After lengthy research, the trade group has come up with a metric known as Average Unit Audience, which takes into account both evidence that a consumer has seen a particular screen and the time spent exposed to it. Using factors referred to as "presence," "notice" and "dwell time," the metric seeks to go beyond a simple gauge of consumer traffic in the area where a screen is placed.
Officially, Average Unit Audience is defined as "the number and type of people exposed to the media vehicle with an opportunity to see a unit of time equal to the typical advertising unit."
At the core, OVAB has been searching for a way to quantify exposure to, and engagement with, the growing number of screens operated by its members--theaters, gas pumps, stores, golf carts, etc. But advertisers have lacked a way to compare the medium's performance with competitors, such as traditional television, print and radio. And OVAB felt that may have made them reluctant to invest in the digital out-of-home space.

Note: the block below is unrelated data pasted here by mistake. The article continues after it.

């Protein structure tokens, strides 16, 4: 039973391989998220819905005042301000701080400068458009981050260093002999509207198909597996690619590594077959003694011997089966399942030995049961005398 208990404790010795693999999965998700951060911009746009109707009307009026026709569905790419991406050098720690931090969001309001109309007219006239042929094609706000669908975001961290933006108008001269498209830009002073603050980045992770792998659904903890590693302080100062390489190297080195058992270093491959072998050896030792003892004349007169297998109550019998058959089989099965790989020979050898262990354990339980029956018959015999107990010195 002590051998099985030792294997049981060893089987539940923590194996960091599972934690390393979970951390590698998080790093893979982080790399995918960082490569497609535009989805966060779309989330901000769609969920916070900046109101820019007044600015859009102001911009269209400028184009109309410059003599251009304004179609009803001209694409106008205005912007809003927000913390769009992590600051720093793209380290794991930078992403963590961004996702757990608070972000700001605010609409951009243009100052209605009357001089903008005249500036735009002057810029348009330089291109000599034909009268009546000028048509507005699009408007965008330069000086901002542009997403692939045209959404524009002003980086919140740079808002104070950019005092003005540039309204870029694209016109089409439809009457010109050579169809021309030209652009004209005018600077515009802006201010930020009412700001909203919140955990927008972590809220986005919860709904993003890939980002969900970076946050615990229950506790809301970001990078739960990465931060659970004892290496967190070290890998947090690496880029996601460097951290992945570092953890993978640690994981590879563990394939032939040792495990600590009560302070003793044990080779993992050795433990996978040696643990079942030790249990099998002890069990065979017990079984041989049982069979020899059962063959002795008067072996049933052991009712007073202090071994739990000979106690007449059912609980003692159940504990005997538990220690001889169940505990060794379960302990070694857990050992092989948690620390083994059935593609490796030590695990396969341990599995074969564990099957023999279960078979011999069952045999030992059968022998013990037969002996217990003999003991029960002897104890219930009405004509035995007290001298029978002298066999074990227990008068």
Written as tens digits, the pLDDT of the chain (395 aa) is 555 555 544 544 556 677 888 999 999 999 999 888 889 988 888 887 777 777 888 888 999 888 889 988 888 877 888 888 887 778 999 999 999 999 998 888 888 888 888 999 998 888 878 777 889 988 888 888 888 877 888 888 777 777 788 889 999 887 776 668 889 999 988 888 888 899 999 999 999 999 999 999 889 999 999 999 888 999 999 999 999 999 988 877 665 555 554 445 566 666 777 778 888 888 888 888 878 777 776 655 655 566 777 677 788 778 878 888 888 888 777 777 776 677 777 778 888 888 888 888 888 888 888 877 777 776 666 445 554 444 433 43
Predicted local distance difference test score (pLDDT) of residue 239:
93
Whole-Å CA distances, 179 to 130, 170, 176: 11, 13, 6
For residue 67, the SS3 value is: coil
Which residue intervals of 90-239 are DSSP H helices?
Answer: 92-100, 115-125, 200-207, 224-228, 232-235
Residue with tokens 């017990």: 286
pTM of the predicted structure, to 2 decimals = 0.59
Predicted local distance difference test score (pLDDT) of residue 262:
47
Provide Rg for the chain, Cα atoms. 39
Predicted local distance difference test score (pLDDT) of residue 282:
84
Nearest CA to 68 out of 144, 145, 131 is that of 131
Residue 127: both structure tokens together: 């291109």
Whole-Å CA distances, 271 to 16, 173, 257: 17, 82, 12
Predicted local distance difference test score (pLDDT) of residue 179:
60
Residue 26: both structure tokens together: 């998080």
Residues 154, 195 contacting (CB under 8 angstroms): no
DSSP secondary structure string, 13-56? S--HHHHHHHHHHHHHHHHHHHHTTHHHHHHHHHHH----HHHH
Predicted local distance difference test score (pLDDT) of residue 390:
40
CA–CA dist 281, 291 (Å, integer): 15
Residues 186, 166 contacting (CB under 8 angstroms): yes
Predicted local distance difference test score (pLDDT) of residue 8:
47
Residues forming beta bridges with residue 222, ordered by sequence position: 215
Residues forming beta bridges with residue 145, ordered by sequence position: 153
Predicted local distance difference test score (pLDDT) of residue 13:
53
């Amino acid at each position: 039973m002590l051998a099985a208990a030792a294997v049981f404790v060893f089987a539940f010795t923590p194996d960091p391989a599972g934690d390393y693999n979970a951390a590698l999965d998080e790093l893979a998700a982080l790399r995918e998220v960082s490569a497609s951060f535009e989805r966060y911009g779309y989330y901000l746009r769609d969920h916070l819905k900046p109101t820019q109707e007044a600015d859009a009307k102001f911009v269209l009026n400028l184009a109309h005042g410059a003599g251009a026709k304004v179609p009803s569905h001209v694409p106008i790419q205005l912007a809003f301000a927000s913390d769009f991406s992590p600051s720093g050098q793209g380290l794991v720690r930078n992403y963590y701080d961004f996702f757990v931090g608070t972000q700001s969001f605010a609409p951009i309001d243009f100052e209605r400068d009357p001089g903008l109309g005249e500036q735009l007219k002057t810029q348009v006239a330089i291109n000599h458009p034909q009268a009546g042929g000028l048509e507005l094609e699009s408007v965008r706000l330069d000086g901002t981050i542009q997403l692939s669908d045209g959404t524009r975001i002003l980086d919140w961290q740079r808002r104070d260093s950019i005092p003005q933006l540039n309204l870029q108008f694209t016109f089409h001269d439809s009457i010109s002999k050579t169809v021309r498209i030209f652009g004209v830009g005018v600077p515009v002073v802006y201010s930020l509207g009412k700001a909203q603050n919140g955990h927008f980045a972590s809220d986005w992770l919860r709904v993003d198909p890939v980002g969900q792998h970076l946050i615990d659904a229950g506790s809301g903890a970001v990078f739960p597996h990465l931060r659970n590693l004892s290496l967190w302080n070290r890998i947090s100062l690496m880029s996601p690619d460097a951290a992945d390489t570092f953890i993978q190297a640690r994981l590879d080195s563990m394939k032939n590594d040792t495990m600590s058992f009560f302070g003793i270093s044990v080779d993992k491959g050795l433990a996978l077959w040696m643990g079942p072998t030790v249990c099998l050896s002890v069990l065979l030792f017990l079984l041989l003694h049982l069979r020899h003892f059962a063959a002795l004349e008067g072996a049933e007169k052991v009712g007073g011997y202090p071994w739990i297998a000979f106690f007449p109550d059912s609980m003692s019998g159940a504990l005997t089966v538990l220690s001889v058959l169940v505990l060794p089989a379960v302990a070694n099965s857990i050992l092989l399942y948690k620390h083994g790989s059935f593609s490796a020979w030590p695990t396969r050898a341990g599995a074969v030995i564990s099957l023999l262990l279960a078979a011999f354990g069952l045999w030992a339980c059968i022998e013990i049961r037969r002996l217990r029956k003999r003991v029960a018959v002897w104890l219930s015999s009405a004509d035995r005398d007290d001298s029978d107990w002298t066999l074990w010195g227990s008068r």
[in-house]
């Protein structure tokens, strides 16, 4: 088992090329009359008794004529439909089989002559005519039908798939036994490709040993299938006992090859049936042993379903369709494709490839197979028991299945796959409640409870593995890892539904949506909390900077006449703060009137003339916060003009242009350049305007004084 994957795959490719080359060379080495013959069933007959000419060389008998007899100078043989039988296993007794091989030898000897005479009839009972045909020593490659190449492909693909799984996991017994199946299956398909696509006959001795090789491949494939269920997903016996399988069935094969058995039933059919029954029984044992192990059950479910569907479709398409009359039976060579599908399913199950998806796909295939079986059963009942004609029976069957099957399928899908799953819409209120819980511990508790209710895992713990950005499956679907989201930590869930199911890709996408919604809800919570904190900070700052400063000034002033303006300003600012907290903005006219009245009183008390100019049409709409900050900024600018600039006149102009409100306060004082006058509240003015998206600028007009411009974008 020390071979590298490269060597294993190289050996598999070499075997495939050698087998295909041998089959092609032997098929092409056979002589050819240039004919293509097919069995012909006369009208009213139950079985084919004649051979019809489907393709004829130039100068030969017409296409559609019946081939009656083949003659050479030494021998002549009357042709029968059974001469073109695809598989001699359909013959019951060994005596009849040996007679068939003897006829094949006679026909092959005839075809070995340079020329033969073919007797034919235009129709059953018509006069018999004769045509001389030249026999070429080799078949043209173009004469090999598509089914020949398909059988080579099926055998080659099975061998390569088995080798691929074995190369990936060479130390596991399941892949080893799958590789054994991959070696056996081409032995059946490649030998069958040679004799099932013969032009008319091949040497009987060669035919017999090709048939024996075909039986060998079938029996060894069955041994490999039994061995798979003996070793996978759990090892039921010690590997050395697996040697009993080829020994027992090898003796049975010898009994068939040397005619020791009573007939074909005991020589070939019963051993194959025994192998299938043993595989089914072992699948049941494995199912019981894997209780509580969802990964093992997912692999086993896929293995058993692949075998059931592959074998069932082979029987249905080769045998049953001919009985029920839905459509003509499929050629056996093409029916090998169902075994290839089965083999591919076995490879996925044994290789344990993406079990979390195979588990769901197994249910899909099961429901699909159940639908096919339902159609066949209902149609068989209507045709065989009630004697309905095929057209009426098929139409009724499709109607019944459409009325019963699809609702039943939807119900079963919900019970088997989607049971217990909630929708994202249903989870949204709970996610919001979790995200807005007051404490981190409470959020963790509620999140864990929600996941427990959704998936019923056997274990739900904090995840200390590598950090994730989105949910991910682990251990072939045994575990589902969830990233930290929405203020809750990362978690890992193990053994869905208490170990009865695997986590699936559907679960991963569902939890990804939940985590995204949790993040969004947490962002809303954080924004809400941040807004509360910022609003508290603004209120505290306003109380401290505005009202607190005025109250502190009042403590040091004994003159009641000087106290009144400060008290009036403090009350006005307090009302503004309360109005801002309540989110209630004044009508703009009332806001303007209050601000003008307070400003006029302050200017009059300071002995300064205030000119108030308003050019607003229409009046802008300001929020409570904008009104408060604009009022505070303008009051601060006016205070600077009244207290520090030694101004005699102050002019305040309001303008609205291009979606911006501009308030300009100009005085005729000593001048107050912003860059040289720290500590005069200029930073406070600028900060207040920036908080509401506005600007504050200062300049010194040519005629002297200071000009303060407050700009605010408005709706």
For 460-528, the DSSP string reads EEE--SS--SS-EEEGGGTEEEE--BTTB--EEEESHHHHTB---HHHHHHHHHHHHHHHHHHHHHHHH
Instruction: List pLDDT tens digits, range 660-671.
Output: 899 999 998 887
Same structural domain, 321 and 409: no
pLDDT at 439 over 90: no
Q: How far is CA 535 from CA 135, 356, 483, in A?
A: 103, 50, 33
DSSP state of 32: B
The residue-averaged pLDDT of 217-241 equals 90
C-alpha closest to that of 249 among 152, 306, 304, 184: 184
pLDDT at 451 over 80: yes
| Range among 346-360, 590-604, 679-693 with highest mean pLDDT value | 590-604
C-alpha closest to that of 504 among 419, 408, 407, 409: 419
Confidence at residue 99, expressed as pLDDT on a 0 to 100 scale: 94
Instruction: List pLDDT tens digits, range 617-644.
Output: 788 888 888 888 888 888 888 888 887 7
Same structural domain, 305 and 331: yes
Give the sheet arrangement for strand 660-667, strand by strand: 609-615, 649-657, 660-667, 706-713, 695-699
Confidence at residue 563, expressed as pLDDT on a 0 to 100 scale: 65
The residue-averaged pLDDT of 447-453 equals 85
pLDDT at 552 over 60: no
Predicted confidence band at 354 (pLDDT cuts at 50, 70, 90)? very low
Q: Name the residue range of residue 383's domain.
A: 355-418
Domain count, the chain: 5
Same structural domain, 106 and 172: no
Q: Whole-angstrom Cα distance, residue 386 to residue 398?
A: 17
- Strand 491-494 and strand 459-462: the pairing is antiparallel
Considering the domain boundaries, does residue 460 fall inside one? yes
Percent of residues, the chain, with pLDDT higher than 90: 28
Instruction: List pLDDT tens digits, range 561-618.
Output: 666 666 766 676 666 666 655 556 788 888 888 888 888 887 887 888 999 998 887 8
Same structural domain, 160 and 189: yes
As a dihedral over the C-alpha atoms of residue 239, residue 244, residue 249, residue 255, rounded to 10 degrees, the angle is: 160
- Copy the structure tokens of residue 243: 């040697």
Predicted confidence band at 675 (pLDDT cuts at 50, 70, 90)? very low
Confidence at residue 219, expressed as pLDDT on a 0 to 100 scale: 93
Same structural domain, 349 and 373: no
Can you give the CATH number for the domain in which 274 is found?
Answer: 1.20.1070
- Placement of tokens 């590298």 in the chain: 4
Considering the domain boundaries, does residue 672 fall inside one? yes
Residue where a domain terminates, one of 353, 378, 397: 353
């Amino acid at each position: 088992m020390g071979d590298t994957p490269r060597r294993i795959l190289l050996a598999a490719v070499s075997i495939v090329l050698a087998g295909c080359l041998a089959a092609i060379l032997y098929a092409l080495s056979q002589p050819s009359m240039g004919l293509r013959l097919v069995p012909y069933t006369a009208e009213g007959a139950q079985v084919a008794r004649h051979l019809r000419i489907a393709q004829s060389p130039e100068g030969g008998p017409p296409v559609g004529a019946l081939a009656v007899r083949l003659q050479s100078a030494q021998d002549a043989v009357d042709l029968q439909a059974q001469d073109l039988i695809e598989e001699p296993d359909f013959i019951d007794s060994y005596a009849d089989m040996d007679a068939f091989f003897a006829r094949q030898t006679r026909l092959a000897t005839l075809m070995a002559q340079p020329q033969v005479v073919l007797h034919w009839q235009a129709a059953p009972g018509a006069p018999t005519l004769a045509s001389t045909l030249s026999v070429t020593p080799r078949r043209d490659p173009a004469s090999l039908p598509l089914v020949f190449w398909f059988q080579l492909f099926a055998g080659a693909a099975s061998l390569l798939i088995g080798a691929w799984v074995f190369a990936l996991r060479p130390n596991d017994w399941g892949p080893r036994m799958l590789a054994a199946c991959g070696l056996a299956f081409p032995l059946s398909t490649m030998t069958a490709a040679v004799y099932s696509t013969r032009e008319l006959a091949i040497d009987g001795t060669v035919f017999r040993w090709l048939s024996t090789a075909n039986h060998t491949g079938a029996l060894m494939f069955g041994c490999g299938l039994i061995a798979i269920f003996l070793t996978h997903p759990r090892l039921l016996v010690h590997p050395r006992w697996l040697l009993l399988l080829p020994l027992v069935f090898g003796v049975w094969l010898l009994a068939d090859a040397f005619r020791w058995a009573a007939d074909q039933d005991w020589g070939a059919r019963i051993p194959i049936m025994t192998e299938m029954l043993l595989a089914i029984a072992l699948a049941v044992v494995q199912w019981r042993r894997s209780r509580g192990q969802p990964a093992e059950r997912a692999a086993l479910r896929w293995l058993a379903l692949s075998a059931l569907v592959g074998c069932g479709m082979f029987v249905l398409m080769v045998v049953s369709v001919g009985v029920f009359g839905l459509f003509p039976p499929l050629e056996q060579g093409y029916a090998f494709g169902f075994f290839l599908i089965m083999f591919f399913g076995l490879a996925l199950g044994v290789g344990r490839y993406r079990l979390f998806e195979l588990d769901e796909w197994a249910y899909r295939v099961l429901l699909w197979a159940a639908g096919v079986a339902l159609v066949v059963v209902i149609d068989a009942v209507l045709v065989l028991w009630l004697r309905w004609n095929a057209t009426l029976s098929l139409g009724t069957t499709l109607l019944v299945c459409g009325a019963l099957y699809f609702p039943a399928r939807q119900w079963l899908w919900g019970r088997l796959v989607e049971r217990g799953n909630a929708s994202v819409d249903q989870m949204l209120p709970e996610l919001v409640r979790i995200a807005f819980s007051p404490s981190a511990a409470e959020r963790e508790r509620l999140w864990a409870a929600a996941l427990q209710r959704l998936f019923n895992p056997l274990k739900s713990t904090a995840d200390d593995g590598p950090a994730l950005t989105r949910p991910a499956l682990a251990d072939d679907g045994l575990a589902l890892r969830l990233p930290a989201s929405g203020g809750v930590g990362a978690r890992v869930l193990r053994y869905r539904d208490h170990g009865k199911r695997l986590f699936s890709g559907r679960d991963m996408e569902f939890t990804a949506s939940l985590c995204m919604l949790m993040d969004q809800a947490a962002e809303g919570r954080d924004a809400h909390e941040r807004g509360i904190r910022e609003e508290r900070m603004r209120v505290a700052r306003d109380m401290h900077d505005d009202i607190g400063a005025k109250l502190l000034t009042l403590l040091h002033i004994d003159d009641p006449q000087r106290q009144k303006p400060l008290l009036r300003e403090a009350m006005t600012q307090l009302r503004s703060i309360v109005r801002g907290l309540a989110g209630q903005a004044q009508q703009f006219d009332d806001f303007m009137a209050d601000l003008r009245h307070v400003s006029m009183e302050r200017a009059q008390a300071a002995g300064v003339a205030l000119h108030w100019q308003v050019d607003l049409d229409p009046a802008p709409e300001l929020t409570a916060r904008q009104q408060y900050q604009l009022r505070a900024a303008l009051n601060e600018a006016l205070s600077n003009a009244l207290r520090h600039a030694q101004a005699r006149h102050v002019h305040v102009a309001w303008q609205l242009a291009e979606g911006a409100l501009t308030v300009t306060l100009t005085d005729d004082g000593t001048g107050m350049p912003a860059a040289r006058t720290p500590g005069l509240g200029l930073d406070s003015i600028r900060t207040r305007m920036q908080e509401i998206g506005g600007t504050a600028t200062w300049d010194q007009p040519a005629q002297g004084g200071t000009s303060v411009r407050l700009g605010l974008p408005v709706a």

"We just want a seat at the table where other media are today," said OVAB President Suzanne Alecia, who unveiled the guidelines at an OVAB event in New York.
Alecia said they are only that--guidelines--or recommendations for buyers and sellers, partly because the medium is changing rapidly. The guidelines could serve as a basis for further conversations between networks and advertisers. Or, to undertake customized research projects--possibly en route to the development of an ultimate currency.
It will be up to the individual networks and buyers to decide whether to negotiate using an Average Unit Audience or to go in another direction.
Alecia said the guidelines "represent the first iteration of establishing the necessary data. They're not going to stay static," she said. "They're going to grow as the industry grows and the technology grows."
Research firm Sequent Partners assisted OVAB in developing the guidelines--a process that lasted eight months. OVAB, with 35 members, was formed in 2007. Members include Screenvision, Gas Station TV and Gannett's Captivate Network.